Afraid of Living

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I am not afraid to die –
but I am not yet
unafraid of living.

I’m not sure I have ever written truer words than the 3-line poem above. This little gem came to me while taking a bath last night, so I repeated it to myself like a mantra until I got out of the tub and could write it down.

It is true that I am not afraid of death. I am a bit afraid of the actual feeling of dying, mostly because of the instinctual anxiety I fear it would bring. However, I am not afraid of being dead. In fact, I rather look forward to it. If there is something after death, it will be awesome to explore and find out what else is out there. If there is nothing after death, it will just be like the times I have passed out or been put out for surgery…simply a loss of consciousness which often sounds like a relief in itself. No more worrying. No more pain. No more anxiety or depression.

However, living is scary. Knowing I may have years and years of dealing with anxiety and depression ahead of me. Knowing that I will likely suffer from chronic pain and chronic illness until I die. Knowing that my degenerative conditions will likely worsen with time. Fearing that my husband may get sick or die and I will be alone. Fearing financial ruin. Fearing homelessness. Fearing potentially abusive situations. Fearing the entire planet going to shit (a justifiable fear from my point of view). Fearing that I may end up committing suicide if life becomes unbearable (not the ending I would desire for my life).

Relationship PTSD

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Everywhere I go
I fear I’ll find you.
I skulk around the edge
of each aisle,
scanning faces
to make sure it is safe.
I play out
our fearfully planned reunion
again and again
in my mind.

When the inevitable collision
happens, I consider
speaking Spanish
or pretending I don’t know you.
In every scenario
you see past the lie,
but you don’t always
call me out on it.

Instead, you give me
that knowing smirk
(the one I hate so much),
turn your head
and walk on by –
leaving me convinced
that a knock-down, drag-out
confrontation
might have been better
in the end.

~ Maranda Russell

Author Anxiety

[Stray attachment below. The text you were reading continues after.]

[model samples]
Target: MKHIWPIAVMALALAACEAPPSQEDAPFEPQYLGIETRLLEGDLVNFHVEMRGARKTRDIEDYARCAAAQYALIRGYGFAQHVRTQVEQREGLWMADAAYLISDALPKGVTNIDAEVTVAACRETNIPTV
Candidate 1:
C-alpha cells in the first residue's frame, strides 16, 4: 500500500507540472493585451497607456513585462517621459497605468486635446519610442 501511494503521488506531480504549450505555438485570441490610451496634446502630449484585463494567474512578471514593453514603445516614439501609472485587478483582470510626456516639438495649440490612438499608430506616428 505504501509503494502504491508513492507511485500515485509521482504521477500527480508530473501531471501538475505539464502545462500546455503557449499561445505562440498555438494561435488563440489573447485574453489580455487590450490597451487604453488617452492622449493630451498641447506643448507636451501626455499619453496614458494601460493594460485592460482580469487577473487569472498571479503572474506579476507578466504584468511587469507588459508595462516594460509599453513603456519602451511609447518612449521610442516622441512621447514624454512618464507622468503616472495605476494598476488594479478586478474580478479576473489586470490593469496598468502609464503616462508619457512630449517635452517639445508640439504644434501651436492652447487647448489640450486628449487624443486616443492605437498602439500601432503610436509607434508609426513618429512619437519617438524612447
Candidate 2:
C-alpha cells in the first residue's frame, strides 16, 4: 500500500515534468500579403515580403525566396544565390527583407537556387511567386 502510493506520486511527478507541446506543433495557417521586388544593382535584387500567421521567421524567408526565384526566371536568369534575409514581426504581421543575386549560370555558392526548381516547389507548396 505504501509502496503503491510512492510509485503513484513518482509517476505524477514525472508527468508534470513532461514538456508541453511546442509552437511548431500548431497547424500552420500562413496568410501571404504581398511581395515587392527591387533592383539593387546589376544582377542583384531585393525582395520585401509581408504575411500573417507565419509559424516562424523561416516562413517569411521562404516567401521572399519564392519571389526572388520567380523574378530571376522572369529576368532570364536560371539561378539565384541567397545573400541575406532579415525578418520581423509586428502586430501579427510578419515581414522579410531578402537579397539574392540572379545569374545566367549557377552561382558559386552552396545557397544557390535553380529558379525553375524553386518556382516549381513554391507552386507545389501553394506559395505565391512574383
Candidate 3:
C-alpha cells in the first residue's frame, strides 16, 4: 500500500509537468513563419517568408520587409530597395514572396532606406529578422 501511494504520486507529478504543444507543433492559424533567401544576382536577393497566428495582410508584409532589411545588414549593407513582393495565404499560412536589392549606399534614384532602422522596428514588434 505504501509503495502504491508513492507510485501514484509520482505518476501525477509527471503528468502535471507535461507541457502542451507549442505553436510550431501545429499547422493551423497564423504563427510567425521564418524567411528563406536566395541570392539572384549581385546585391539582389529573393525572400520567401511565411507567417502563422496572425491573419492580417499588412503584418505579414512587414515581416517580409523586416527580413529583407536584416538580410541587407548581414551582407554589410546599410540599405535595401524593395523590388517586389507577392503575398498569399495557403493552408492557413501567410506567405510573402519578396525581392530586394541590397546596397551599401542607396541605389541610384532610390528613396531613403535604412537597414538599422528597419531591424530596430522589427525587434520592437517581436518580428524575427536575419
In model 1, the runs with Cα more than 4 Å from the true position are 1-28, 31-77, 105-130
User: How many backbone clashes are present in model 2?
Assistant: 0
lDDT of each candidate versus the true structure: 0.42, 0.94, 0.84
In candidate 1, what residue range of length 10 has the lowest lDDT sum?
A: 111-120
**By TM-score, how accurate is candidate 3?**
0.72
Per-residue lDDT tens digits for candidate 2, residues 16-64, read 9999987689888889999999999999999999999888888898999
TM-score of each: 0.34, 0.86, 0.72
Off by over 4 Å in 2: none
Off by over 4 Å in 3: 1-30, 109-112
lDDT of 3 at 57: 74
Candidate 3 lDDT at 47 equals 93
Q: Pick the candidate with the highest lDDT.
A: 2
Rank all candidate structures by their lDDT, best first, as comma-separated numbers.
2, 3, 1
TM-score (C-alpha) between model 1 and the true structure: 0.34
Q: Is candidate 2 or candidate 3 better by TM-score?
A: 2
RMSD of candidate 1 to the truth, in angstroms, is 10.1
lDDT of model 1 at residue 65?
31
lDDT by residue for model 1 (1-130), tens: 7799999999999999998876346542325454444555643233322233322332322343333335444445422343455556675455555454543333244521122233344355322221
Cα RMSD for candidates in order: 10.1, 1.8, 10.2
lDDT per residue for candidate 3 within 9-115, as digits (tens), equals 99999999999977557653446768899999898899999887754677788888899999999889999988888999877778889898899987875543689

You would think after you have your first book published and spend lots of time out in the public marketing it, that you wouldn’t be so nervous about future releases. Unfortunately, that just isn’t the case. At least, not for me.

Of course, I think part of the reason I am anxious right now is due to the nature of the current project I am working on. You see, my first published book was a picture book, but the book I am currently editing for publication is a poetry collection geared for young adults. There are several reasons that this particular project makes me nervous, so I figured that maybe if I put a name to these worries and move them out of the dark corner of my mind, perhaps they won’t have such power over me. So here they are, the anxious thoughts that have been haunting my dreams and my waking hours too:

  1. The first worry is just that the book will be a big flop. Now this is a worry authors seem to have with every book they write, but I think the concern is greater with poetry books. Why? Because normally poetry just doesn’t sell. It’s sad but true. I do have a little glimmer of hope though since my book will be geared towards young adults, who actually do read books in verse, as long as they aren’t pretentious and boring.
  2. Since this book is for young adults, that brings insecurities of its own. I’m used to reading my work to little kids who treat me like a superstar because I am an author. I’m not sure how teens will treat me. I guess my biggest fear is that they will roll their eyes, fall asleep or pronounce my work “lame”.
  3. I know this may seem like a silly concern, but punctuation weighs heavily on me at times. Everyone seems to have their own opinion about the correct way to punctuate poetry. There are the grammar police who think you should punctuate poetry exactly like you would prose. Then there are the free spirited folks who don’t want to see much punctuation. Honestly, I don’t think¬†that teens¬†will care much about the punctuation, BUT their teachers might…and they are the ones I have to impress to book school visits.
  4. Lastly, I am plagued by insecurity simply due to the vulnerability of poetry. Yes, as an author I do put a bit of myself into any book I write, but poetry takes that intimacy to an entirely different level. We put so much of ourselves into our poetry…fill it with our hopes, dreams, pains, struggles and our most private thoughts. If my poetry was rejected, I would honestly feel like I was rejected, because there is so much of myself contained within those verses.

You may be wondering by this point why I am even bothering to publish this book if I am so anxious about it. The fact is, regardless of how it turns out, I want to put myself out there. I want to be honest and real, expose the parts of myself that most people don’t see. Why? Because those are the kinds of books that have changed my life, and I want to do the same for the kids I come in contact with. I think the rewards will eventually outweigh the heartache…at least I hope they do.